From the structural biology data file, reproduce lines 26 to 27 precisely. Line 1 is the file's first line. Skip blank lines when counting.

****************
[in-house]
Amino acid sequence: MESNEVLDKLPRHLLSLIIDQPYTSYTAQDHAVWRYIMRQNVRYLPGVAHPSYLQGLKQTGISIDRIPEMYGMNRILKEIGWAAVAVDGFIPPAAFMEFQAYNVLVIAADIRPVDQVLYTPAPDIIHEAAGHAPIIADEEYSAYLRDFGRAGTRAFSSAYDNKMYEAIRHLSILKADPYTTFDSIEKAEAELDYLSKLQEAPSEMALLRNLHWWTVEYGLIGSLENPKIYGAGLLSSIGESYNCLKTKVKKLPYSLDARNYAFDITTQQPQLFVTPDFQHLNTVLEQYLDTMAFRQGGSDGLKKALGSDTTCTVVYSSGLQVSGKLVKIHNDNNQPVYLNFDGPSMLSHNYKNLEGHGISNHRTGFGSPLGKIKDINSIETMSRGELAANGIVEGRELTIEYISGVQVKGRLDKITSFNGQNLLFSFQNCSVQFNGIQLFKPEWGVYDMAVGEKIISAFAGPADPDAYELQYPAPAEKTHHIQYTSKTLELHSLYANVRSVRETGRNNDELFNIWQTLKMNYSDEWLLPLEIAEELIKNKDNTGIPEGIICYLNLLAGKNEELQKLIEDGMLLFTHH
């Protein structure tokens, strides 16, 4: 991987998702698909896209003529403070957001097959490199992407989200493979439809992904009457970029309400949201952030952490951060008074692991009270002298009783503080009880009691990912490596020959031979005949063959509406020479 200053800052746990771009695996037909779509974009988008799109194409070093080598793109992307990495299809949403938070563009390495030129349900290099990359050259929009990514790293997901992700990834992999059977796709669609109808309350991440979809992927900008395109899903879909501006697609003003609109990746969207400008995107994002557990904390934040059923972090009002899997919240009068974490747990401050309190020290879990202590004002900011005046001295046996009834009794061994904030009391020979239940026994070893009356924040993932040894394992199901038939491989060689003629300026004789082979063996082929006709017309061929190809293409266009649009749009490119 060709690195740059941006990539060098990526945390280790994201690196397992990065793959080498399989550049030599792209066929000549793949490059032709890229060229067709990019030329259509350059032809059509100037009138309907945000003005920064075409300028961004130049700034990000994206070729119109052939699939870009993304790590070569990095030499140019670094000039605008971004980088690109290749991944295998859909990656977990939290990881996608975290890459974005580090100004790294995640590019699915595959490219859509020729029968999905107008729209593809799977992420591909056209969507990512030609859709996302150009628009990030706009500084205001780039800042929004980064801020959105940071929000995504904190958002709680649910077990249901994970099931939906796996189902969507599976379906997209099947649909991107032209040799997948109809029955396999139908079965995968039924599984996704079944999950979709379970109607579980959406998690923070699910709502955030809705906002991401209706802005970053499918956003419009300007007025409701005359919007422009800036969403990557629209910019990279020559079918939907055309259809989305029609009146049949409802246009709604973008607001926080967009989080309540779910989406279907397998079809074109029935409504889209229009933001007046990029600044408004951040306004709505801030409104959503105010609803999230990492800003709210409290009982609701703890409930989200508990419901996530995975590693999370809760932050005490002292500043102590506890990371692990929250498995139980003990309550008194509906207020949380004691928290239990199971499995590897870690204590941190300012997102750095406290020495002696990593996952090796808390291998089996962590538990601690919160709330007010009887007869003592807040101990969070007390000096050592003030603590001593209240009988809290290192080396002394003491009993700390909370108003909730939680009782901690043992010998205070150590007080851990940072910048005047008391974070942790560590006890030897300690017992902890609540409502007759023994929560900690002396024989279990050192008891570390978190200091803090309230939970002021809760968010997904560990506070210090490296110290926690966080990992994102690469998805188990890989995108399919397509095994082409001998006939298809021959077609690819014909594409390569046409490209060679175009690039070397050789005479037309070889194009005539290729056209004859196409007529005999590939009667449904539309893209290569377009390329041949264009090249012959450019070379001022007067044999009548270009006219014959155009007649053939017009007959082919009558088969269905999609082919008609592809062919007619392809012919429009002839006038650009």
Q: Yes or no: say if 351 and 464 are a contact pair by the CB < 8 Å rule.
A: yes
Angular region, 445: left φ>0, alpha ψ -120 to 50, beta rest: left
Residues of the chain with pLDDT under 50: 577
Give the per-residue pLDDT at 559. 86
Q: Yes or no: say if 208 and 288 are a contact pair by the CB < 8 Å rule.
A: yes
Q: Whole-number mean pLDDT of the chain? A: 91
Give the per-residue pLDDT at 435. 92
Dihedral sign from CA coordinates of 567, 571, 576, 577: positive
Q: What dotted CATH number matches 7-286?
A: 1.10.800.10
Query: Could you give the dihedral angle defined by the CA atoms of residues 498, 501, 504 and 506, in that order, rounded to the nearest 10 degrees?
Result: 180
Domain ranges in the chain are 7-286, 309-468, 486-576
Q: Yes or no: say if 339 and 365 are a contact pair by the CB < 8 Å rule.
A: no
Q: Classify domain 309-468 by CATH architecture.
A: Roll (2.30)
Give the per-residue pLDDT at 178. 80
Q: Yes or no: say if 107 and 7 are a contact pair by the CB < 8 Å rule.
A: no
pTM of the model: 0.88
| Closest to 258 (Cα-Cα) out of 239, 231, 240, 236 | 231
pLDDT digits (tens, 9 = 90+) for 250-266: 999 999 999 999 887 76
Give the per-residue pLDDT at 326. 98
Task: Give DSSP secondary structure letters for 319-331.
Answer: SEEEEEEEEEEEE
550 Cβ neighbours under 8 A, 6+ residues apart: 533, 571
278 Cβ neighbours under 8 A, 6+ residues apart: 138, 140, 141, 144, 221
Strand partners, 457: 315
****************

pTM of the model: 0.88
| Closest to 258 (Cα-Cα) out of 239, 231, 240, 236 | 231